But it’s not clear if Grossi will intervene over a forced switch to Rosatom. Grossi said in recent days that he considered the plant to belong to Ukraine, not Russia, but reportedly indicated that he cannot necessarily interfere with a transition to Rosatom.

“I can neither boycott or play along, I have to do the right thing and the right thing in this case is first of all to look after the security, the safety and the well-being of the staff and, when it comes to the contractual changes that may be coming as a result of the announcement, that is something that I will have to be discussing in Russia,” Grossi said.

The IAEA did not return a request for comment about whether Grossi and Putin discussed the latest kidnapping and concerns about Rosatom this week.

Although the hostile takeover at the plant is ongoing, world leaders have hesitated to take action against Rosatom specifically, even as they have issued numerous rounds of sanctions against other Russian entities backing Moscow’s war against Ukraine in an effort to kneecap war funding.

The Biden administration considered sanctioning Rosatom in March, according to Reuters.

Sanctioning Rosatom, though, has proven to be a labyrinth of no-go zones, and Rosatom remains unscathed. The United States sources 14 percent of its uranium and nearly 28 percent of its enrichment services from Russia, according to the US Energy Information Administration statistics from 2021, the latest available.

Lobbyists have also reportedly urged the White House to avoid sanctioning Rosatom to keep electricity prices low, Reuters reported.

It’s bad optics and bad image.

But working with Rosatom is akin to funding Russia’s war effort and ought to be checked, according to Kostiantyn Krynytskyi, the head of the Energy Department at Ecoaction or Ekodía, a Ukrainian NGO.

“Russian state companies and nuclear state company Rosatom is actually like one of the arms of the military because they use it to control our nuclear power plants… [and] paying huge amounts of money for Russian nuclear fuel, for uranium, for nuclear technologies, and all this money, they go into the Russian budget and then allocate to the war effort,” Krynytskyi told The Daily Beast.

Rosatom’s engagement at the plant, and apparent efforts to force personnel to work for Rosatom should be a wakeup call for the United States and other world leaders, he said.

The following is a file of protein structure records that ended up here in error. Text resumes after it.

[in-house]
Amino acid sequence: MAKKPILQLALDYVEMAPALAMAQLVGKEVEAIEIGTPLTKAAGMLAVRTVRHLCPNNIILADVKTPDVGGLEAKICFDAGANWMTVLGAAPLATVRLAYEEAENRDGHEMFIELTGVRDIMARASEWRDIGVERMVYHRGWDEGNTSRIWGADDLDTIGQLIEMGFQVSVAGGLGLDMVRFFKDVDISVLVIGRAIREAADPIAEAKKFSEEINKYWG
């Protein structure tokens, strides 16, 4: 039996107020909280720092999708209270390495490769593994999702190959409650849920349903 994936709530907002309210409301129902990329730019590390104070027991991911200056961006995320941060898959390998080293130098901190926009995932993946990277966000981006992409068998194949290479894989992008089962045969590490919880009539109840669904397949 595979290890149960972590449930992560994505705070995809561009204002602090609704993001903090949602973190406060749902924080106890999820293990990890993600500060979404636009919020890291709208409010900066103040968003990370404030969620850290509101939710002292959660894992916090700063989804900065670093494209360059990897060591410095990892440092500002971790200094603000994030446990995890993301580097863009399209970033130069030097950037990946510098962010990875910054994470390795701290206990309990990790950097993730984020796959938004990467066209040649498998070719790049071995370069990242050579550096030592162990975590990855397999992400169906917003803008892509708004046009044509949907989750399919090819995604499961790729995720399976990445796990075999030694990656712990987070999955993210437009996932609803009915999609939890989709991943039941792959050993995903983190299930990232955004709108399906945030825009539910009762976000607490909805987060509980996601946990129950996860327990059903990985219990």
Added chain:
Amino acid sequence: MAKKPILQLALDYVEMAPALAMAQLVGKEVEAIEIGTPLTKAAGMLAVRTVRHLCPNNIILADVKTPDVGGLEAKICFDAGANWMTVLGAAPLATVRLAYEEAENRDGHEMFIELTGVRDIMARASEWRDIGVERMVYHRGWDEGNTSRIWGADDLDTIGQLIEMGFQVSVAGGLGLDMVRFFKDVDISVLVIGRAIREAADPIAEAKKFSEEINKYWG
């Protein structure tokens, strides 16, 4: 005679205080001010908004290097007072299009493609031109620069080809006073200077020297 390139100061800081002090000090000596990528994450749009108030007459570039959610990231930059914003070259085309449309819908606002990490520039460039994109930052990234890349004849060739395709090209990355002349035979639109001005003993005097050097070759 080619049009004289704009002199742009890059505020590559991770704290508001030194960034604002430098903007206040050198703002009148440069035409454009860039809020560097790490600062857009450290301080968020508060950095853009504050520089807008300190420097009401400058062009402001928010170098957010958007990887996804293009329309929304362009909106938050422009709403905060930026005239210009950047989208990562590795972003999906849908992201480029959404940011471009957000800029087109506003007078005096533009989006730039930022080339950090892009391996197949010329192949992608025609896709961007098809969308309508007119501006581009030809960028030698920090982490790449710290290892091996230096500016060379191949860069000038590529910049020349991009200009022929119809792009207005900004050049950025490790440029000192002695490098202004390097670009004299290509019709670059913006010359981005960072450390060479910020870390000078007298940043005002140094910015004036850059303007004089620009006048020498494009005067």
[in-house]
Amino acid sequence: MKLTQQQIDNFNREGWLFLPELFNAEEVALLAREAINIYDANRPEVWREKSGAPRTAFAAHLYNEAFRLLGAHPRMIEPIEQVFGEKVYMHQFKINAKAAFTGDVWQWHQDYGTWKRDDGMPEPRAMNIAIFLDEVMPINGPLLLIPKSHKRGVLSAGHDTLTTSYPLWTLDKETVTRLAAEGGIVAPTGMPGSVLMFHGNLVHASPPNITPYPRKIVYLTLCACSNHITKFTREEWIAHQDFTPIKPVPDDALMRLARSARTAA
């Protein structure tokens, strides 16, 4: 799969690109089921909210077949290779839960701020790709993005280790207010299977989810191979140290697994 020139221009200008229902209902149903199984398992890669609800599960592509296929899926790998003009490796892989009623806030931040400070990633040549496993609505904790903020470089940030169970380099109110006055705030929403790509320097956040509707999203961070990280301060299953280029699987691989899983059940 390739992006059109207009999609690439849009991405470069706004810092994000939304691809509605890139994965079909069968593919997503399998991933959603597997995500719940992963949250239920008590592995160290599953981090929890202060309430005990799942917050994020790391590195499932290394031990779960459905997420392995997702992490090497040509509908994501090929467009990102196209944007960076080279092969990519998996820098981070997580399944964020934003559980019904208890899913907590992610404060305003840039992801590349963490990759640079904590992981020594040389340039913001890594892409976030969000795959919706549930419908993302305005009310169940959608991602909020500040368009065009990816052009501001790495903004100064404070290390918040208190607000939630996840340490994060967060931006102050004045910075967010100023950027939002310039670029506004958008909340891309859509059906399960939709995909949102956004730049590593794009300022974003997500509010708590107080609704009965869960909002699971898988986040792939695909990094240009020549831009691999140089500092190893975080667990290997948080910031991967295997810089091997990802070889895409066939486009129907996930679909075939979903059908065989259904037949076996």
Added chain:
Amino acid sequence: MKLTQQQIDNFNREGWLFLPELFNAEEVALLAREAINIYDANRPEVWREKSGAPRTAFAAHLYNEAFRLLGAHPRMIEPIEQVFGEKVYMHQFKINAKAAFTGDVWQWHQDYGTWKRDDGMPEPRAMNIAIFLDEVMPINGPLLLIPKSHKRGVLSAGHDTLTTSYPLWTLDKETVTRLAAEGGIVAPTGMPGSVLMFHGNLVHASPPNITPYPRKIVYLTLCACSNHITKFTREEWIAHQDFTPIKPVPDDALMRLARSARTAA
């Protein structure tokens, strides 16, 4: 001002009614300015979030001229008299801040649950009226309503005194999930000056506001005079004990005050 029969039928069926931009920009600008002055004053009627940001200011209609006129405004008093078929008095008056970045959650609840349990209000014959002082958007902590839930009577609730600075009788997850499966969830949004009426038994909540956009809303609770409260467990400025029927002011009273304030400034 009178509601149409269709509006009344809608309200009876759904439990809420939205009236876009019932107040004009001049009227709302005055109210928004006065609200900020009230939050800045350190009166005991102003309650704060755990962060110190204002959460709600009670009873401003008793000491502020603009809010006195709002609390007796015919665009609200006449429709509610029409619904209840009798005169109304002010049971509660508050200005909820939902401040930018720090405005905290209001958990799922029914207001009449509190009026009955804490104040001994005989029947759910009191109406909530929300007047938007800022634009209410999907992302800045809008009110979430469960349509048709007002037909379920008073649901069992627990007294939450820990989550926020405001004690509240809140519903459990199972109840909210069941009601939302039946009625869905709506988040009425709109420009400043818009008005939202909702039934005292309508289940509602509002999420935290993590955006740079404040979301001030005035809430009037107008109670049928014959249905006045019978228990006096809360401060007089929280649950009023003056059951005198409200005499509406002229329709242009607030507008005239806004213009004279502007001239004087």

“We need, indeed, severe economic consequences, but even symbolically, when Rosatom occupies the Zaporizhzhia nuclear power plant and it shows a case of nuclear terrorism in the world, and then [without] sanctions,” Krynytskyi said. “It’s bad optics and bad image… There is no real reaction to that.”

President Zelensky has urged world leaders to impose sanctions on Russia’s nuclear sector as well.

“Russian nuclear terror requires a stronger response from the international community—[place] sanctions on the Russian nuclear industry and nuclear fuel,” Zelensky said in August.

Reliance on Russian uranium won’t be disappearing overnight, even though US Energy Secretary Jennifer Granholm has said that becoming independent of Russia in this arena is a “national security” imperative. But the reality is that the enrichment capacity in the United States isn’t ready to meet the demand that Russia currently fills, Dan Leistikow, a vice president at Centrus Energy Corp., a company working on constructing an enrichment facility in the United States, told The Daily Beast.

“There isn’t nearly enough non-Russian enrichment to fuel the world’s reactors,” Leistikow told The Daily Beast.

The Biden administration is still pushing for the $1.5 billion plan, as it could be key to backstopping any interruptions in Russian supply, a Department of Energy spokesperson told The Daily Beast.

“This could be an urgent issue should Russian supply be disrupted and the $1.5B would incentivize new enrichment/conversion capacity to minimize the existing reliance,” the spokesperson said.